Announcements / DigitalLith · April 30, 2022

DigitalLith 4.11 released

Today I published DigitalLith version 4.11: Click!

This was long overdue as the program itself was finished for a long time already. Good though, since it took me so long to cleanup the documentation I was also able to produce a version for the new Apple silicon machines and to improve performance. More about that later (why you might be better with using the Intel version even on M1 machines).

4.11 does not sound like something great coming from 4.10 but it is one of the bigger releases. I was about making this a version 5.0, but then decided to stick with version 4.x until some really big change happens – like bringing it to tablet computers.

Here is a quick overview of the main features/fixes of the new version:

  • The UI now looks a bit more modern and comes with a light and a dark mode.
  • The documentation got updated and now covers the current program version instead of running behind several versions.
  • There is a new standard process which is a bit cleaned up, the old process is still there.
  • The streaking modules and process modules now are built-in and you do not have to download them. Once there is an update or a fix in a module you are still able to download the module which overrides the built-in modules.
  • Performance is significantly improved.
  • The images written now are written in sRGB profile instead of … no profile.
  • Many smaller fixes (see the changelog)

I already use this version for quite some time and am glad that you also can use it now since I like the new UI look&feel. A lot happened in the last few months since I now have an M1 MacBook which allowed me to also produce an Apple M1 version of the program. But I still run the Intel version and here is the short story about this:

When I bought that new Mac the first thing was to download an M1 aware Java Development Kit and I adjusted the built and produced an M1 version. I developed a few images and honestly, it did not impress me at all. I could develop the same images in the same time on my old 2012 MacMini. So I thought: see, all that hype and in the end: no improvement. But to get at least a bit of performance boost in the new version I went back to the implementation of the process and realized that my program had very bad data locality which means a lot of page-in and page-out from main memory to CPU caches. I could easily fix this and was able to now compute the image in half the time. That is good improvement.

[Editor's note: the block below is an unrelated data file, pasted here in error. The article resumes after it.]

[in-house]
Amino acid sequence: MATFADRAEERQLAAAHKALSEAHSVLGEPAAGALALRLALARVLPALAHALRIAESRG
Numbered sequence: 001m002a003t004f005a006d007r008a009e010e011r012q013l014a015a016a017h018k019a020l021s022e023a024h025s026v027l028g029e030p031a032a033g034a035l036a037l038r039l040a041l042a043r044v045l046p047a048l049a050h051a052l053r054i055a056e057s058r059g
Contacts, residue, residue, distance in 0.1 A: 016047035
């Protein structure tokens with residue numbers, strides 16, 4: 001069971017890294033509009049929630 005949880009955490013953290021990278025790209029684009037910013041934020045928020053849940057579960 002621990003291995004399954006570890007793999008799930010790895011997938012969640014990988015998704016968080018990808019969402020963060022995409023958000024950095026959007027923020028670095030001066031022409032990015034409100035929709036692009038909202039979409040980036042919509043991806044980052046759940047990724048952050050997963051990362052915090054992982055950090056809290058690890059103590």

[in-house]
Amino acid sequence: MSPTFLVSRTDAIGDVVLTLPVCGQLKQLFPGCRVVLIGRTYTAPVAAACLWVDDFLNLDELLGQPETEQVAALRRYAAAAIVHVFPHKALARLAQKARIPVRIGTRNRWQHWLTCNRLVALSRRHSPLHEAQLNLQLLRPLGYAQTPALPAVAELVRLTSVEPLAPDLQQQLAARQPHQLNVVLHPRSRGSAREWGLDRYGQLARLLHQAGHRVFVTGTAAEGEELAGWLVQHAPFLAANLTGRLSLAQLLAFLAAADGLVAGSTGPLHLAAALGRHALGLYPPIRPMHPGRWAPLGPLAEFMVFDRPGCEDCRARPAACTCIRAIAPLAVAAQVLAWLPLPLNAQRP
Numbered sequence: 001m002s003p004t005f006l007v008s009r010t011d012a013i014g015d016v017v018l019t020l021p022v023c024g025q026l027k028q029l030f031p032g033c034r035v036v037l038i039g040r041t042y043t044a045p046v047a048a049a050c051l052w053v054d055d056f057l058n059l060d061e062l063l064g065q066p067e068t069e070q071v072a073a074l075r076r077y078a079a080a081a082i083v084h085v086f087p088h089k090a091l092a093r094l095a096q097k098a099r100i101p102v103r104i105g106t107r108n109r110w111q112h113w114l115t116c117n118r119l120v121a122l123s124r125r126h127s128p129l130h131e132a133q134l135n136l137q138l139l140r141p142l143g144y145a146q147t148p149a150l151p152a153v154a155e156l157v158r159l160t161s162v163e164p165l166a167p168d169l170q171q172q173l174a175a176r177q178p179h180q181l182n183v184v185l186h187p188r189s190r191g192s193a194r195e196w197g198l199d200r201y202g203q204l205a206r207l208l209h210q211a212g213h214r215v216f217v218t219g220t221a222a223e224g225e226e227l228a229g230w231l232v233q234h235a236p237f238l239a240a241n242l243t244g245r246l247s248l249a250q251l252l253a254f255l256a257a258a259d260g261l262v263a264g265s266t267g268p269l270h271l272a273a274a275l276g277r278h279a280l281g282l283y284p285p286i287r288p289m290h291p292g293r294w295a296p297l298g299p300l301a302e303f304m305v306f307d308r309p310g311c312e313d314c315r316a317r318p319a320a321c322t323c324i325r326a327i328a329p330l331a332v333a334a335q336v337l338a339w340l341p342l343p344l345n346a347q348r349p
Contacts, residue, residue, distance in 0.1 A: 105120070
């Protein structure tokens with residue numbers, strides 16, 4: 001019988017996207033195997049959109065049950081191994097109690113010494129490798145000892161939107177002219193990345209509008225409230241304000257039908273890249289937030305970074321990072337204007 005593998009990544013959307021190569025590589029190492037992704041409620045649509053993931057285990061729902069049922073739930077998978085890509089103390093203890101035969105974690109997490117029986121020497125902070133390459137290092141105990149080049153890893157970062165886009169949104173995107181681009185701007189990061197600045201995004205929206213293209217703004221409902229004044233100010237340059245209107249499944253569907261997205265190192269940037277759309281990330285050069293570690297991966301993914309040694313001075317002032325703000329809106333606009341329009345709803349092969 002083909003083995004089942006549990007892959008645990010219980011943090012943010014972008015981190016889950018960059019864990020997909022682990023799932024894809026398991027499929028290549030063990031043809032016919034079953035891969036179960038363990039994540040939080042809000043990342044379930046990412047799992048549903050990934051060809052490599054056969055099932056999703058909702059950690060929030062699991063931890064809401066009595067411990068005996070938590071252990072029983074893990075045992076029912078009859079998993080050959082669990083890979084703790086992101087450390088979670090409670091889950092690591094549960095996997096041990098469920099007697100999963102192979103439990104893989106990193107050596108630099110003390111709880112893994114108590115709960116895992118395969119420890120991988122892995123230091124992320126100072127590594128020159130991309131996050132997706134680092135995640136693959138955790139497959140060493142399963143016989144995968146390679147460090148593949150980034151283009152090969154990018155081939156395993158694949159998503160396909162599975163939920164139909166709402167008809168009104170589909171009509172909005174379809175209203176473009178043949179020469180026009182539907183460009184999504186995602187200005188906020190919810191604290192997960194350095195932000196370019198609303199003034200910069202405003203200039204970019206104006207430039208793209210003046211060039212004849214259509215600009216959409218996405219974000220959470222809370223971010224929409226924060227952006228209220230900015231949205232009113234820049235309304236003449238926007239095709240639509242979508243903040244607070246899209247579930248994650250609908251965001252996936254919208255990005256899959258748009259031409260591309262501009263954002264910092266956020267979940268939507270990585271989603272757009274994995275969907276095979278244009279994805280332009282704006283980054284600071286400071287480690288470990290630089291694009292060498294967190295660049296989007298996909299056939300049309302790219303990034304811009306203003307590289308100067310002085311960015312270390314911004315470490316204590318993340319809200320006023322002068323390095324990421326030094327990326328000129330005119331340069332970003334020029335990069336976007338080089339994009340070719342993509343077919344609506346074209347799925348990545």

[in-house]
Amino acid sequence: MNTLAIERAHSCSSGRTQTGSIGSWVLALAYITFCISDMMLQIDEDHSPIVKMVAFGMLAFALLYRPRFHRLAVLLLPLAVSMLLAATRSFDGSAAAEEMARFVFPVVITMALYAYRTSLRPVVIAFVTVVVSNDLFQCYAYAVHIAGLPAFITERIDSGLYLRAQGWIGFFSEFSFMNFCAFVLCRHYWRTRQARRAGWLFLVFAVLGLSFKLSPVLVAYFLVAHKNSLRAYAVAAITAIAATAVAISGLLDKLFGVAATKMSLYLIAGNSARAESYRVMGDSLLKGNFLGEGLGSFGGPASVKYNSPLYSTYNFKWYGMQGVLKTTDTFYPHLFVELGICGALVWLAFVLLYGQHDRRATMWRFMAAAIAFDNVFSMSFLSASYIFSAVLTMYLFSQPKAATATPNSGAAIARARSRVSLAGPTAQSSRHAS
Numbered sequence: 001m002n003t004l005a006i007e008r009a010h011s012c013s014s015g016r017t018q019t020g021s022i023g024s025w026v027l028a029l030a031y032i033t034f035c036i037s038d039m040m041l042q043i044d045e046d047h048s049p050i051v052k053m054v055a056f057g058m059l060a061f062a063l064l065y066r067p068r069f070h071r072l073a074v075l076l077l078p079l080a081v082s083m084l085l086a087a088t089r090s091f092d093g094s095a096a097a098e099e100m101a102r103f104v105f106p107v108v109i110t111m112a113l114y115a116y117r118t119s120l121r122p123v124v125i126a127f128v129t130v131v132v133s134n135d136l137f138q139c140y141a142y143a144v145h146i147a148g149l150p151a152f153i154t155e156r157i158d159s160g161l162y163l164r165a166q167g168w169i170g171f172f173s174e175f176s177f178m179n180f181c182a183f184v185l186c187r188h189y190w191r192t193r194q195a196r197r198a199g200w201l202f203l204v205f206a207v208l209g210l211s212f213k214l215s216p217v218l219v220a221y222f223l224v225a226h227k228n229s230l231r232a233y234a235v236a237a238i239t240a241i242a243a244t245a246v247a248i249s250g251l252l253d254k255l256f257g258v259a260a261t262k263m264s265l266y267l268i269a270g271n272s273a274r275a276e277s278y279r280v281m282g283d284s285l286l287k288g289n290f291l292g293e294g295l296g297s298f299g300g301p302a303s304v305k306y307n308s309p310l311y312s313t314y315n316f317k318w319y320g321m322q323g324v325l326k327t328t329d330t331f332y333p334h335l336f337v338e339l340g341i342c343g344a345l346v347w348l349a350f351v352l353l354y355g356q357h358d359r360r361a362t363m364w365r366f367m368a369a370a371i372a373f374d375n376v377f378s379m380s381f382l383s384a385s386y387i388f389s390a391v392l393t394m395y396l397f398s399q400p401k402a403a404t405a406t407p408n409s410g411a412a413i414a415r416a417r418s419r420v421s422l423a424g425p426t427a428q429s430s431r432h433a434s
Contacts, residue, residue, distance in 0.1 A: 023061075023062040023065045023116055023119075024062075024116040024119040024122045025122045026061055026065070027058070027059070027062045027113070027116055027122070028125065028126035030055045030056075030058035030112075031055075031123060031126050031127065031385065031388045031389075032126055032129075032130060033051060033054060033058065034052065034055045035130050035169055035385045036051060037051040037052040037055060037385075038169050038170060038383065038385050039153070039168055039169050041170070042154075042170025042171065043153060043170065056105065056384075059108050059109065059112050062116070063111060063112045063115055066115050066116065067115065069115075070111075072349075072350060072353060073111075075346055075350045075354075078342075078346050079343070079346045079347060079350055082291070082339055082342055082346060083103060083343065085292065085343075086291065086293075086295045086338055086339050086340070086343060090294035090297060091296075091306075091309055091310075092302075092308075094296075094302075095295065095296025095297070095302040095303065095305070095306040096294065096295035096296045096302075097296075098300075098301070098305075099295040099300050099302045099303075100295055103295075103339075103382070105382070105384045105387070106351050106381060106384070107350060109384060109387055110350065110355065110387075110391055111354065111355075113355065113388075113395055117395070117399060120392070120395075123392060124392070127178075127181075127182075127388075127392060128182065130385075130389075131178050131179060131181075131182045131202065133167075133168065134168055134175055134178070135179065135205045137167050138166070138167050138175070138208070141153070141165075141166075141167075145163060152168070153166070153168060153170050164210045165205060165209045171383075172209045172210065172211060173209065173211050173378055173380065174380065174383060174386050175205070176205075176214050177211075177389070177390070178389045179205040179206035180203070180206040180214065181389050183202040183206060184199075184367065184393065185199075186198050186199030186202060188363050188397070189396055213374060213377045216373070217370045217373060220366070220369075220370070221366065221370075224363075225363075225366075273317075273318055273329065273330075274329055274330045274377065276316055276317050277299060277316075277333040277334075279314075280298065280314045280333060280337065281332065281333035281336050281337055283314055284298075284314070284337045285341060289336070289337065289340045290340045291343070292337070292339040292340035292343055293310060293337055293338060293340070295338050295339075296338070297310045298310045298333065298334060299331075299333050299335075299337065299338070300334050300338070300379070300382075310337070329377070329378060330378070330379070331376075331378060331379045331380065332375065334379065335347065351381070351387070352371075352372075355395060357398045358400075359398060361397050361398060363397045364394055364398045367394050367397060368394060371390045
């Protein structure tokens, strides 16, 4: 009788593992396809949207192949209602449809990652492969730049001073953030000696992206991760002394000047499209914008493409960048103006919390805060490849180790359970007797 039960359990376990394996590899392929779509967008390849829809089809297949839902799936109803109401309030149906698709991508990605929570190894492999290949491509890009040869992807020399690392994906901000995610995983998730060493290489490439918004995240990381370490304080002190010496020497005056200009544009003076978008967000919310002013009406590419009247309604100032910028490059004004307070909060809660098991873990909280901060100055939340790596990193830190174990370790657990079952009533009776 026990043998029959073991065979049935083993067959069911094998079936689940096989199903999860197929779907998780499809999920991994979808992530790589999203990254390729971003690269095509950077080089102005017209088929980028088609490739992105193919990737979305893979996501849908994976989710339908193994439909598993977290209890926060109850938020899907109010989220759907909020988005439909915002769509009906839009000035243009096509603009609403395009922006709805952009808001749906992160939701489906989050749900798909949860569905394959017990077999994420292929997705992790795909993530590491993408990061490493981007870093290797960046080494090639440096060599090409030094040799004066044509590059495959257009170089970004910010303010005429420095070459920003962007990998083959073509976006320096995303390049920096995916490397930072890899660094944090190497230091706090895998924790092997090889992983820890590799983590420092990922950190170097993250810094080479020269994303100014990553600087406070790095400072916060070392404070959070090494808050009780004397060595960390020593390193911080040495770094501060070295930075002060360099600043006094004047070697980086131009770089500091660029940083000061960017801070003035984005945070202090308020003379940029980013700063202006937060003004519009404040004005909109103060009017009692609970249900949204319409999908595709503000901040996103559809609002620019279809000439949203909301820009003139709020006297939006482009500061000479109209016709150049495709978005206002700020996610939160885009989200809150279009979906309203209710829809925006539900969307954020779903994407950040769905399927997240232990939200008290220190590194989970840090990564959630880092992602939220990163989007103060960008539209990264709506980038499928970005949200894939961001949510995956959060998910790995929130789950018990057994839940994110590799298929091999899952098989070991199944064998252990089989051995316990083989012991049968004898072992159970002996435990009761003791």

Then out of curiosity I thought lets see how Apples Rosetta2 handles DigitalLith. And that was eye opening. Rosetta2 ran the Intel version of DigitalLith almost twice as fast than natively run on the MacMini. That means Rosetta2+Intel-JDK did a better job than the M1 native JDK. The only explanation I can come up with is: Intel-JDK and the Hotspot compiler produce better native code than the M1 native JDK. And: Rosetta2 does a pretty good job. This is not a surprise since I think that the M1 native JDK is pretty new and of course way more resources went into the Intel-JDK.

But does that mean that the M1 JDK is crap? Certainly not. First of all, I think this is a very DigitalLith specific finding and has to do with how the different compilers deal with numbers. All else runs better in the native M1 JDK. I do use the M1 JDK for all the compilation on the MacBook because that is really faster compared to the Intel-JDK on an M1 machine. But running DigitalLith … for that I use the Intel version.

Compared to version 4.10 running on a 2012 MacMini, version 4.11 on a 2021 M1Pro runs about four times faster.

As always: Have fun with it and I am open to any feedback.

OK, one little note: I wanted to also have a German documentation as there are people requesting it every now and then. I am on it, but only half way through. Stay tuned, it is coming.